Note: There is a more common
version of this story that was pubished The Century Magazine.
travel or seafaring, a companion is usually considered desirable. In the
Klondike, as Tom Vincent found out, such a companion is absolutely essential.
But he found it out, not by precept, but through bitter experience.
"Never travel alone," is a precept of
the north. He had heard it many times and laughed; for he was a strapping young
fellow, big-boned and big-muscled, with faith in himself and in the strength of
his head and hands.
It was on a bleak January day when the experience
came that taught him respect for the frost, and for the wisdom of the men who
had battled with it.
He had left Calumet Camp on the Yukon with a
light pack on his back, to go up Paul Creek to the divide between it and Cherry
Creek, where his party was prospecting and hunting moose.
The frost was sixty degrees below zero, and he
had thirty miles of lonely trail to cover, but he did not mind. In fact, he
enjoyed it, swinging along through the silence, his blood pounding warmly
through his veins, and his mind carefree and happy. For he and his comrades
were certain they had struck "pay" up there on the Cherry Creek
Divide; and, further, he was returning to them from Dawson with cheery home
letters from the States.
At seven o'clock, when he turned the heels of his
moccasins toward Calumet Camp, it was still black night. And when day broke at
half past nine he had made the four-mile cut-off across the flats and was six
miles up Paul Creek. The trail, which had seen little travel, followed the bed
of the creek, and there was no possibility of his getting lost. He had gone to
Dawson by way of Cherry Creek and Indian River, so Paul Creek was new and
strange. By half past eleven he was at the forks, which had been described to
him, and he knew he had covered fifteen miles, half the distance.
He knew that in the nature of things the trail
was bound to grow worse from there on, and thought that, considering the good
time he had made, he merited lunch. Casting off his pack and taking a seat on a
fallen tree, he unmittened his right hand, reaching inside his shirt next to
the skin, and fished out a couple of biscuits sandwiched with sliced bacon and
wrapped in a handkerchief—the only way they could be carried without
He had barely chewed his first mouthful when his
numbing fingers warned him to put his mitten on again. This he did, not without
surprise at the bitter swiftness with which the frost bit in. Undoubtedly it
was the coldest snap he had ever experienced, he thought.
He spat upon the snow,—a favorite northland
trick,—and the sharp crackle of the instantly congealed spittle startled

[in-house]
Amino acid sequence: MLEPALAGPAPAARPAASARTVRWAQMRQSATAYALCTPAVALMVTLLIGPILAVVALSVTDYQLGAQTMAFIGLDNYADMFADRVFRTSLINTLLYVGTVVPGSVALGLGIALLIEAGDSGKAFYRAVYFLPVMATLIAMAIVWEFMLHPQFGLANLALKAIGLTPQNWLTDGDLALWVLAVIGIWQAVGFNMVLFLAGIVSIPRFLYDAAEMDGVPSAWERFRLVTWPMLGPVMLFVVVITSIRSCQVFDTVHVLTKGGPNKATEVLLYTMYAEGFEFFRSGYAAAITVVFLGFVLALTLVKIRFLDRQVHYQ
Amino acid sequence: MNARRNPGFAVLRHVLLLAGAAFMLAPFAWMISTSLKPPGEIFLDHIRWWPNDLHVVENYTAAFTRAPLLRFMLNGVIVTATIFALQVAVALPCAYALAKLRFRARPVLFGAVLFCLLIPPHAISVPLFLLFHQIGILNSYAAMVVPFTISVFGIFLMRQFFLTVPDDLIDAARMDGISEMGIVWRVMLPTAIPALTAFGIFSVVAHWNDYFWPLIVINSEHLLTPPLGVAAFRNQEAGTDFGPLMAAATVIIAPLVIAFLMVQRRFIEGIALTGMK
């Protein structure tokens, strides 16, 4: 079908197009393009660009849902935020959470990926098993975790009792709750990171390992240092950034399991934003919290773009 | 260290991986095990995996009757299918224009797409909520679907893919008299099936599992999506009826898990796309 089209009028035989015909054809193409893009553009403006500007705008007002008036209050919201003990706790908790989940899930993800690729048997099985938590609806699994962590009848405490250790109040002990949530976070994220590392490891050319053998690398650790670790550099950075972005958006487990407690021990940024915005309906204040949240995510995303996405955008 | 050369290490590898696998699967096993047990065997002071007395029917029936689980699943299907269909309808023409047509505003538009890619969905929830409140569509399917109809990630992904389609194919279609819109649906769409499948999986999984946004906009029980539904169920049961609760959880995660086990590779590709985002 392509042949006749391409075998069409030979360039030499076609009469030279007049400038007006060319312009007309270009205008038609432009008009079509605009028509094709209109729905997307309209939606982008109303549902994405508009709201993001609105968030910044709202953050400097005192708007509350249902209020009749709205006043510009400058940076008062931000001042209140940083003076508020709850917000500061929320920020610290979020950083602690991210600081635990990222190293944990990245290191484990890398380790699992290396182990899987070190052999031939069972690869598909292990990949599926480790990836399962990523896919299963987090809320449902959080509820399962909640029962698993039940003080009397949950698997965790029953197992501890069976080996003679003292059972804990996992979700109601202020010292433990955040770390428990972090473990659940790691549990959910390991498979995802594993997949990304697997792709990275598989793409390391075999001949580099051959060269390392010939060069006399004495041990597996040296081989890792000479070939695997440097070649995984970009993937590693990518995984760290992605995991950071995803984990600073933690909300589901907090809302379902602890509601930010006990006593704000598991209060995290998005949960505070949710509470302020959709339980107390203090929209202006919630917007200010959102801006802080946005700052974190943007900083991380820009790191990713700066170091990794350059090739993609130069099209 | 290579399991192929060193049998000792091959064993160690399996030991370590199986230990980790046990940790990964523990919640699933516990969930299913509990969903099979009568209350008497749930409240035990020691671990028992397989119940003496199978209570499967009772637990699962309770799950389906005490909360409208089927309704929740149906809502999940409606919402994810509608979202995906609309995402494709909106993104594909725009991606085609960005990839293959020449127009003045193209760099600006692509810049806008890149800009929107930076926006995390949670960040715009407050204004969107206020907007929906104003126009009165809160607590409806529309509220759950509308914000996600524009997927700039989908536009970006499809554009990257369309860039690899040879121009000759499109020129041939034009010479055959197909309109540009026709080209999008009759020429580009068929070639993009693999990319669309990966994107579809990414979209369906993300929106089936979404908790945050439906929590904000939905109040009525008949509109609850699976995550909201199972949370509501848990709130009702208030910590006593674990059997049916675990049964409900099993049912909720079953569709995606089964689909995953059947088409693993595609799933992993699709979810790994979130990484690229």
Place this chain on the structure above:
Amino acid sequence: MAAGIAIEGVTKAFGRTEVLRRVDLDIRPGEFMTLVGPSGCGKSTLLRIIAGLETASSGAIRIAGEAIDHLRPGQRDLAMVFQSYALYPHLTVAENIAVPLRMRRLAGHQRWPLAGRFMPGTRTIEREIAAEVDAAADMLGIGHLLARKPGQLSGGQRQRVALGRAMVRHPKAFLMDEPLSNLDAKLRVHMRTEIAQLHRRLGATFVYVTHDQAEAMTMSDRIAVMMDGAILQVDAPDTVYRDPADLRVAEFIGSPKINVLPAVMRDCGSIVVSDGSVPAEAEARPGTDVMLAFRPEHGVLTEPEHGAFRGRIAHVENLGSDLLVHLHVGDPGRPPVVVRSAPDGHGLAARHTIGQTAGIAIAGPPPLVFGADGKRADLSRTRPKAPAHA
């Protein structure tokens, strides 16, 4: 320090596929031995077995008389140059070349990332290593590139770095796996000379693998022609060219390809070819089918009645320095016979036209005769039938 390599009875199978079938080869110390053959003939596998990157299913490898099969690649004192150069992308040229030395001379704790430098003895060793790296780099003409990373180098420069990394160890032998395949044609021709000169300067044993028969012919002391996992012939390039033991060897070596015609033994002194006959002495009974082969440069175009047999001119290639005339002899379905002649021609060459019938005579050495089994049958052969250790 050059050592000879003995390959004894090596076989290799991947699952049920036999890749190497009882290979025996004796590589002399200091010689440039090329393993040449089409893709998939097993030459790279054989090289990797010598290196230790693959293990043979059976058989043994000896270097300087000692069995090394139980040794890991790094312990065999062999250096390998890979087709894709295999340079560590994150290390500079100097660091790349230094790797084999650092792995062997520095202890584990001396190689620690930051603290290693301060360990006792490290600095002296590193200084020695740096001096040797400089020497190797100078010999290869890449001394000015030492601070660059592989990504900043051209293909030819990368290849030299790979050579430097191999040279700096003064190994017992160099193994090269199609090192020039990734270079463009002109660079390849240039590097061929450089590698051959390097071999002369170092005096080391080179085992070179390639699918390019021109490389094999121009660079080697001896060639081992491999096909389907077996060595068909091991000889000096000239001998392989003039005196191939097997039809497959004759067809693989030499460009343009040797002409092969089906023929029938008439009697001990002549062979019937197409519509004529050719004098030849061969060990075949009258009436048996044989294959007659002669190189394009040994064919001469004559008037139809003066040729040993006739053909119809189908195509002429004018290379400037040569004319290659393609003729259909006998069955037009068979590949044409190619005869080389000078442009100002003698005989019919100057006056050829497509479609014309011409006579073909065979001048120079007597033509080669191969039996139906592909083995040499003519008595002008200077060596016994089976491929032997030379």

him. The spirit thermometer at Calumet had registered sixty below when he left,
but he was certain it had grown much colder, how much colder he could not
Half of the first biscuit was yet untouched, but
he could feel himself beginning to chill—a thing most unnatural for him.
This would never do, he decided, and slipping the pack-straps across his
shoulders, he leaped to his feet and ran briskly up the trail.
A few minutes of this made him warm again, and he
settled down to a steady stride, munching the biscuits as he went along. The
moisture that exhaled with his breath crusted his lips and mustache with
pendent ice and formed a miniature glacier on his chin. Now and again sensation
forsook his nose and cheeks, and he rubbed them till they burned with the
Most men wore nose-straps; his partners did, but
he had scorned such "feminine contraptions," and till now had never
felt the need for them. Now he did feel the need, for he was rubbing
Nevertheless, he was aware of a thrill of joy, of
exultation. He was doing something, achieving something, mastering the
elements. Once he laughed aloud in sheer strength of life, and with his
clenched fist defied the frost. He was its master. What he did he did in spite
of it. It could not stop him. He was going on to the Cherry Creek Divide.
Strong as were the elements, he was stronger. At
such times animals crawled away into their holes and remained in hiding. But he
did not hide. He was out in it, facing it, fighting it. He was a man, a master
In such fashion, rejoicing proudly, he tramped
on. After half an hour he rounded a bend, where the creek ran close to the
mountainside, and came upon one of the most insignificant-appearing but most
formidable dangers in northern travel.
The creek itself was frozen solid to its rocky
bottom, but from the mountain came the outflow of several springs. These
springs never froze, and the only effect of the severest cold snaps was to
lessen their discharge. Protected from the frost by a blanket of snow, the
water of these springs seeped down into the creek, and, on top of the creek